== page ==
AMP’D Up: NYC Rapper Chapman Dishes On His Rap Game
photo / Elizabeth De La Piedra story / Erica Russell
“It’s an out-of-body experience and it definitely takes energy out of you—I’m always tired after we make a song.”
“Hold my motherfucking drink,” Chapman demands in the opening track on AMP’D, his explosive new EP. It’s a worthy request considering how impossible it is to hold a drink and dance at the same time – and trust us, you’re going to want to dance to this one.
The NYC based MC teamed up with LA based producer Saint on the 3-track release, which dropped just before Valentine’s Day. The EP opens with “Hold My Drink,” an aggressive, glamorous post-apocalyptic club-rap jam, and is followed by the hypnotic, hyphy “Exquisite.” But the magnum opus of the record is “Finish Him,” a hypersexual, Mortal Kombat-sampling after-hours rager complete with lines like, “I’m your Blue Crush, gonna get you wet like squirtle.”
Of working on the EP with Saint, Chapman dishes, “Working with [him] is like rapper bootcamp. He’s all about a schedule and he is not about fucking around. We’d wake up at 9 and be working by 10, have a lunch break, and then work some more into the night. [We] play off each others’ instincts and it makes collaborating easy and fun—I’ll think of a song title or a concept, he’ll build a beat… and then next thing you know we have a song.”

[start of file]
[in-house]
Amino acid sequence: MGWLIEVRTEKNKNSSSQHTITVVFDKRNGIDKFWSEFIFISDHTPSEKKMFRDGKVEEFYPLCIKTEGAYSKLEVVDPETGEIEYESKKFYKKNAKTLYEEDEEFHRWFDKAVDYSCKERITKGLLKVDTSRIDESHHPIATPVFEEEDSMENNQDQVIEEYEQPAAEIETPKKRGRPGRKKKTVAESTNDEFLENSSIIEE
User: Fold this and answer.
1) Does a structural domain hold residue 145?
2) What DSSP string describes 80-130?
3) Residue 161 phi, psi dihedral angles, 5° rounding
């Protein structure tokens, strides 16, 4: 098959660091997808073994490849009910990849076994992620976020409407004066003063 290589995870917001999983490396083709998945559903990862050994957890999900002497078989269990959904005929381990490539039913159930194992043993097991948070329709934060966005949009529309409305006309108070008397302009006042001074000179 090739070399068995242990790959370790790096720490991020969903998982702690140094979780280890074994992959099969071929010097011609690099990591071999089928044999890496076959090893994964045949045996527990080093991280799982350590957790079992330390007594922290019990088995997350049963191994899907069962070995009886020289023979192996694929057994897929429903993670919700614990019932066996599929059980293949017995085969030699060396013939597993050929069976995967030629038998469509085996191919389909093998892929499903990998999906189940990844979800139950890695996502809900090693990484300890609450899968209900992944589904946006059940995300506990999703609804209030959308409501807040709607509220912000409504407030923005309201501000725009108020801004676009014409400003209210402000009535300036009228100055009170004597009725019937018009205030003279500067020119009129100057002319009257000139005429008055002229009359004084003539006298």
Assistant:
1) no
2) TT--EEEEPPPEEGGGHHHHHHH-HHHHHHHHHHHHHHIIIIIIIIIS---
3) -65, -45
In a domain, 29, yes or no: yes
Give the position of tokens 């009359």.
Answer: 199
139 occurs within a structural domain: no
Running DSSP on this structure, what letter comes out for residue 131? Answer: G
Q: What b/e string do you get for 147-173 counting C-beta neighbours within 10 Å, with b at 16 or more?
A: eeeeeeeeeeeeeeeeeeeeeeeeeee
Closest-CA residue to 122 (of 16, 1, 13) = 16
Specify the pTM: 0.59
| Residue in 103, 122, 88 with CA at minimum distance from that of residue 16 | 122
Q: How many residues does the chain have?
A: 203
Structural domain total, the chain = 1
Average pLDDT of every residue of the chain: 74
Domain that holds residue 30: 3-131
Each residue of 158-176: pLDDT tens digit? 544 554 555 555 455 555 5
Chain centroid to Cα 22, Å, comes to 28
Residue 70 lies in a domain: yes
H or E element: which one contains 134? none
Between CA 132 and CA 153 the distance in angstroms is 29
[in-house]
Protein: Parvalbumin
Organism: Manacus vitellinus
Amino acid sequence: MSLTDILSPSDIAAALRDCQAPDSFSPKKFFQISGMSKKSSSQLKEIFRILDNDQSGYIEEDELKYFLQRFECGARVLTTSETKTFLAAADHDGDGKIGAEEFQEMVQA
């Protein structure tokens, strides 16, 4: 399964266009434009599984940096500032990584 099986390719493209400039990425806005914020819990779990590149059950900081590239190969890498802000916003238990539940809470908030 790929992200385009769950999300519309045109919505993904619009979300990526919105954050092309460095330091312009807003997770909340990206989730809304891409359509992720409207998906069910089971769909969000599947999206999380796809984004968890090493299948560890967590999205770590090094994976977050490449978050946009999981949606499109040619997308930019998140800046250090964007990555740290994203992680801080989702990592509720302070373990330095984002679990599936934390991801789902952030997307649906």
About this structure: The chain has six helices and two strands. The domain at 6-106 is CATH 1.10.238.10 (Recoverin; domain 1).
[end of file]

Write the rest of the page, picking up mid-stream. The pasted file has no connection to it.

Continues the young MC, “We’re a musical match made in heaven. We both love the radio and want to be on the radio on our own terms, so that was our goal with AMP’D. We wanted to make club jams that anyone could listen to but still had a sound and style that was inherently ours.”
Aside from being a “white boy” in the game, Chapman is also openly gay, and lends to his work a genuine gay voice and narrative. He explains, “I watched that speech Ellen Page gave at HRCF; it really moved me. It made me think about my role in giving young gay people a voice in a genre where it is really just developing one thanks to amazing artists like Le1f, Mykki, Cakes, etc. I just want young people to know that they can be anything they want to be, and that they should never let others make them feel uncomfortable or deter them from their goals.”
The sentiment hits close to home for Chapman: “A lot of people have told me I will never make it in this genre, based on my race, sexual orientation, religion, whatever. I definitely want to prove them wrong—I want to make it in every genre.” Amen, dude.